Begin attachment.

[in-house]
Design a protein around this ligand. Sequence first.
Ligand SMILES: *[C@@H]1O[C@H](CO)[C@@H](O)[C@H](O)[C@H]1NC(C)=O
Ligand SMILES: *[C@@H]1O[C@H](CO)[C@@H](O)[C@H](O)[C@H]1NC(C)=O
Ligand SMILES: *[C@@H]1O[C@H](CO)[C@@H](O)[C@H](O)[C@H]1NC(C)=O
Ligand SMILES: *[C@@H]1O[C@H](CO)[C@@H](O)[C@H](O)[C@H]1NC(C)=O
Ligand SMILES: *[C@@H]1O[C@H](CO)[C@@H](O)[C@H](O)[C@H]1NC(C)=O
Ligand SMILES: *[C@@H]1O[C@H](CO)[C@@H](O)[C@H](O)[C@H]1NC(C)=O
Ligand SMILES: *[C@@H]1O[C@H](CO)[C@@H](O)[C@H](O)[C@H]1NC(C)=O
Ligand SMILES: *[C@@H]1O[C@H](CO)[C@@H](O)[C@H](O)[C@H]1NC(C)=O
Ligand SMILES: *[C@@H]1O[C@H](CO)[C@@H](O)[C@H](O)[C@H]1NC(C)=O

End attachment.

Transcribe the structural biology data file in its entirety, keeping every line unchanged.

[in-house]
Design a protein around this ligand. Sequence first.
Ligand SMILES: *[C@@H]1O[C@H](CO)[C@@H](O)[C@H](O)[C@H]1NC(C)=O
Ligand SMILES: *[C@@H]1O[C@H](CO)[C@@H](O)[C@H](O)[C@H]1NC(C)=O
Ligand SMILES: *[C@@H]1O[C@H](CO)[C@@H](O)[C@H](O)[C@H]1NC(C)=O
Ligand SMILES: *[C@@H]1O[C@H](CO)[C@@H](O)[C@H](O)[C@H]1NC(C)=O
Ligand SMILES: *[C@@H]1O[C@H](CO)[C@@H](O)[C@H](O)[C@H]1NC(C)=O
Ligand SMILES: *[C@@H]1O[C@H](CO)[C@@H](O)[C@H](O)[C@H]1NC(C)=O
Ligand SMILES: *[C@@H]1O[C@H](CO)[C@@H](O)[C@H](O)[C@H]1NC(C)=O
Ligand SMILES: *[C@@H]1O[C@H](CO)[C@@H](O)[C@H](O)[C@H]1NC(C)=O
Ligand SMILES: *[C@@H]1O[C@H](CO)[C@@H](O)[C@H](O)[C@H]1NC(C)=O